The raw granite walls continued in their private two story wine cellar where the Marnier-Lapostolle family keeps samples of all of their past vintages and gifts from other winemakers and friends. If the rest of the winery felt like a sanctuary, this is the inner sanctum. With its entrance camouflaged beneath a glass topped tasting table in the center of the second year barrel room it was quite a surprise when Andrea lifted the glass to reveal the hidden staircase. Below, thousands of bottles were bathed in dim blue light and water trickled down the bare faced rock. The mystical feeling here is palpable and we spoke in whispers while exploring in awe.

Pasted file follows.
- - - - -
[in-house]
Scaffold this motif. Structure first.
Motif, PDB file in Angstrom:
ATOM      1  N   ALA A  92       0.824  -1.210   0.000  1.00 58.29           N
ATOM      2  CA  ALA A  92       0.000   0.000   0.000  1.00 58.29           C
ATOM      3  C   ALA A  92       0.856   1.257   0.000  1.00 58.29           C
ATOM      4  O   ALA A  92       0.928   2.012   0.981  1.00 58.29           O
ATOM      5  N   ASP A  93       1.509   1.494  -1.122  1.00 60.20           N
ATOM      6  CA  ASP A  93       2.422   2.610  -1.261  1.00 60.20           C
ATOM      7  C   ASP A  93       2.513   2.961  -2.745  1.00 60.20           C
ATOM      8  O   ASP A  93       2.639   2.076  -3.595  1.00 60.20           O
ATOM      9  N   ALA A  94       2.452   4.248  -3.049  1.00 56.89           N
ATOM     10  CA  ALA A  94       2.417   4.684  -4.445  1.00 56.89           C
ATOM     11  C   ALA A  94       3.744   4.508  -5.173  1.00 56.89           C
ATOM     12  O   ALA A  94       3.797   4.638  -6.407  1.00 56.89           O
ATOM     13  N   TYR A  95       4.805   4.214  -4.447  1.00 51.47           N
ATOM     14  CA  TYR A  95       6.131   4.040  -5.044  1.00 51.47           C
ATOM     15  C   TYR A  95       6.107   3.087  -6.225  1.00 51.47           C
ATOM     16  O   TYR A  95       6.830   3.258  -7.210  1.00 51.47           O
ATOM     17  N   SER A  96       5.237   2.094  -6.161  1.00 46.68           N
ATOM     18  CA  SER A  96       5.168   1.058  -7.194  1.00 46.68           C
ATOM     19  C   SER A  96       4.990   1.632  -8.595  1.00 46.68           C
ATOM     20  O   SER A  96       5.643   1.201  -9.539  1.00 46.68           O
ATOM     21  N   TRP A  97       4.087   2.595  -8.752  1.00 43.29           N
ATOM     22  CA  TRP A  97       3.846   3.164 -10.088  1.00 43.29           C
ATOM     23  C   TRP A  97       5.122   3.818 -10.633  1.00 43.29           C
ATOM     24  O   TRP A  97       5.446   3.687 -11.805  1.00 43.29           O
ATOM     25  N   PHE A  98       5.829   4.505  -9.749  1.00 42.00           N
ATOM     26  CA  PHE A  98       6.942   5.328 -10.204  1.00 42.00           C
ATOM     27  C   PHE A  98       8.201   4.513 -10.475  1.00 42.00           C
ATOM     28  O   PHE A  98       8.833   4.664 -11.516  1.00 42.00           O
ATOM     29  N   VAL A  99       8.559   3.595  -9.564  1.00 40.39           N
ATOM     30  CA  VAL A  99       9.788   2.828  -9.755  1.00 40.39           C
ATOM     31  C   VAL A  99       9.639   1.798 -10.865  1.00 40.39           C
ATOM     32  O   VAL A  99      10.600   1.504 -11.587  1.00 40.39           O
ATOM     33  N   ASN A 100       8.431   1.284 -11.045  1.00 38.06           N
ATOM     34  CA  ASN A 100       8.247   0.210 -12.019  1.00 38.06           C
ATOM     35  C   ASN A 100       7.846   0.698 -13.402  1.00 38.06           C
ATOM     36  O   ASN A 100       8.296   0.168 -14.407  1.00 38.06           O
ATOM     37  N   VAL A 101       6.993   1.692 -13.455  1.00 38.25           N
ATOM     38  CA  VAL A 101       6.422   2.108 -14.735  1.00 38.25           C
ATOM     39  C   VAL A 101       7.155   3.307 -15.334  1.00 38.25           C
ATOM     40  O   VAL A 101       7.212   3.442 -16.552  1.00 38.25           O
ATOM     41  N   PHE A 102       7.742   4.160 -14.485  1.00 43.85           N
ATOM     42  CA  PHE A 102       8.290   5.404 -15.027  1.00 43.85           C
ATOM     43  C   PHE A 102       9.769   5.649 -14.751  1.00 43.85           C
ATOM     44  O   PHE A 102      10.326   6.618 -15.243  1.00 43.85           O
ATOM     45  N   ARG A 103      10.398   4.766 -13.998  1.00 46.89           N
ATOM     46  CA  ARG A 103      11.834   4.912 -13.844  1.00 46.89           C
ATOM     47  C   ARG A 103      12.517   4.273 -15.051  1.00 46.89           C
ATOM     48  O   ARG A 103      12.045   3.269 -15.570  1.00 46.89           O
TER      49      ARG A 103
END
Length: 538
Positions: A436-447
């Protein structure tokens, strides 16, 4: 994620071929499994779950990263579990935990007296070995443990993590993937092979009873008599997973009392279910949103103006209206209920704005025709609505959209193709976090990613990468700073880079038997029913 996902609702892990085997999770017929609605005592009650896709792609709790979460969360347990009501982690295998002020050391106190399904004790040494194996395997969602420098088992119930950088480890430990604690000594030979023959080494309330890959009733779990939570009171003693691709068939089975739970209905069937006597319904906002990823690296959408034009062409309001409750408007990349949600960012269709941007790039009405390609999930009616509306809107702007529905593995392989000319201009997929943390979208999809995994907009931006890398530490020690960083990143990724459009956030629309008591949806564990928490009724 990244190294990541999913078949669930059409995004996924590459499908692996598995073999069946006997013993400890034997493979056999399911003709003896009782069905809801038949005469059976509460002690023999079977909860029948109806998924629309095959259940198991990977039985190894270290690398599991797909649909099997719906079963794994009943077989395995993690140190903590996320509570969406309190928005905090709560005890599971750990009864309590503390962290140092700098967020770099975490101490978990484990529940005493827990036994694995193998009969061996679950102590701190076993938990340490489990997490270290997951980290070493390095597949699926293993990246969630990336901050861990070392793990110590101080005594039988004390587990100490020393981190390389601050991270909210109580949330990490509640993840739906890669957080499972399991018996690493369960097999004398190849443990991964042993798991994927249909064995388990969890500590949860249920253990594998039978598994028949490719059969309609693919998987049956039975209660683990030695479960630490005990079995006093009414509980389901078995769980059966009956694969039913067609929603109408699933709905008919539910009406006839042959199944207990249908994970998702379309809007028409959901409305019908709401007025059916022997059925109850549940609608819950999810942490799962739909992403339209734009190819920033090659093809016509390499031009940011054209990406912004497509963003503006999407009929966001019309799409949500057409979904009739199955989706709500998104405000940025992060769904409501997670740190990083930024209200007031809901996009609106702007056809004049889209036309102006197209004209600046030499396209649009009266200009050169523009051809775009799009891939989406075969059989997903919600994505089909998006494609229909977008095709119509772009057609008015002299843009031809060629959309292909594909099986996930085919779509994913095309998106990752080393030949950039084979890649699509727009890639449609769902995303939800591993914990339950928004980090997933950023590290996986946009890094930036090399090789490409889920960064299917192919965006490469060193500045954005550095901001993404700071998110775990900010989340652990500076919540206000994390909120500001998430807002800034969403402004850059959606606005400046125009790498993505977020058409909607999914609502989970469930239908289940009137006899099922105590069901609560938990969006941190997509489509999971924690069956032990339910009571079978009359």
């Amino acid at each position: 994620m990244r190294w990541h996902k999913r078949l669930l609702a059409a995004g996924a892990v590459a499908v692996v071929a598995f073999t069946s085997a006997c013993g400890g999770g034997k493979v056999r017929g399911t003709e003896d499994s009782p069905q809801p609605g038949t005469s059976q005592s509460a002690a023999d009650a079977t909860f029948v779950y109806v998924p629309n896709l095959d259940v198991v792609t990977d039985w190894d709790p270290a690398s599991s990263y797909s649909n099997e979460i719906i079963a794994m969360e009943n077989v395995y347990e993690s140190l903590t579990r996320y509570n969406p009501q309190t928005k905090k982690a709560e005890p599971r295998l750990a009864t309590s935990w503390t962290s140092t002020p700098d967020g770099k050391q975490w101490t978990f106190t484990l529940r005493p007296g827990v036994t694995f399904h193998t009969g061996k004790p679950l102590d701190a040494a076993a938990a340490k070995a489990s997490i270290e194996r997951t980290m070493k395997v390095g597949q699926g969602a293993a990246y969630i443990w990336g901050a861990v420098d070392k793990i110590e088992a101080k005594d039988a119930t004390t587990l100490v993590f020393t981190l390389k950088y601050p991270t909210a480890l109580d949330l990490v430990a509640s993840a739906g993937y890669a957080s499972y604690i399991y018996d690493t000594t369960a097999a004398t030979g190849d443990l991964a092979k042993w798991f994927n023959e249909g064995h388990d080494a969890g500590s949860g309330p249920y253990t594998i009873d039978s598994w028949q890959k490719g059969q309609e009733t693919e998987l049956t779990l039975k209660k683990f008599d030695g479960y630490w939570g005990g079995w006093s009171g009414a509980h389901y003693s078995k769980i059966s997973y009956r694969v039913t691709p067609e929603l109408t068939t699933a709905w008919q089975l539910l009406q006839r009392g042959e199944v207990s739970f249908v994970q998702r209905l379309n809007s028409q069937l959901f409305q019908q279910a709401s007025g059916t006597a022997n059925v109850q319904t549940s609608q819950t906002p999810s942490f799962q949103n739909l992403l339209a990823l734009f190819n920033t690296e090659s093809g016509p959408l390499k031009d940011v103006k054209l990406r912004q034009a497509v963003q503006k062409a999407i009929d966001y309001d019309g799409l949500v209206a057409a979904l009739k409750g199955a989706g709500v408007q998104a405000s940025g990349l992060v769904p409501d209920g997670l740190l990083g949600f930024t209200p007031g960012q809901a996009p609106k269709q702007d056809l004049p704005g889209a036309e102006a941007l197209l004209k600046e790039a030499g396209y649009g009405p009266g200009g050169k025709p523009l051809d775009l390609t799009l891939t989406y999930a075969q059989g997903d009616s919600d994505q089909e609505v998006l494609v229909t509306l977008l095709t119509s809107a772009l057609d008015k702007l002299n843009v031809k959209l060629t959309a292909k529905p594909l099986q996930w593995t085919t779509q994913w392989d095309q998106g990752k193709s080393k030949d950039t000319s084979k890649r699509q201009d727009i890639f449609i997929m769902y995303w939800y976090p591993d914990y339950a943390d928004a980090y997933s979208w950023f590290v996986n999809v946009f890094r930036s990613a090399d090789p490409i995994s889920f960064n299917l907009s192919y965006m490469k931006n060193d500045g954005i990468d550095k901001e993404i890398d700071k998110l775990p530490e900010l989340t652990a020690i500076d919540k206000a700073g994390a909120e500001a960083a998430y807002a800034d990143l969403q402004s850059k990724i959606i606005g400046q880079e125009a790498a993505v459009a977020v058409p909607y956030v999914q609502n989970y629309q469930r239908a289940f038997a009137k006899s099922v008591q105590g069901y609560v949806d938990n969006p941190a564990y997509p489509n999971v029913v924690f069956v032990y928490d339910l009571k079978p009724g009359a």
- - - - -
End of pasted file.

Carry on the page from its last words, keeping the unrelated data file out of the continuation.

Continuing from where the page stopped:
There is an eye for detail here that is apparent in everything from the hand laid curved wooden ceilings, to the individual spotlights highlighting each barrel. Everything is precisely arranged just so to maximize the effect of the building and design on you, and it works. We were completely giddy by the end of our in depth tour, and Andrea's wealth of knowledge was a perfect complement for our star dazed selves. By the time she mentioned the tasting portion we were already punch drunk, ready to sit down and begin processing everything we were learning. We were led back outside and past a striking sundial we had noticed earlier, Andrea showed us how as opposed to telling time, it tells the cycles of the vines.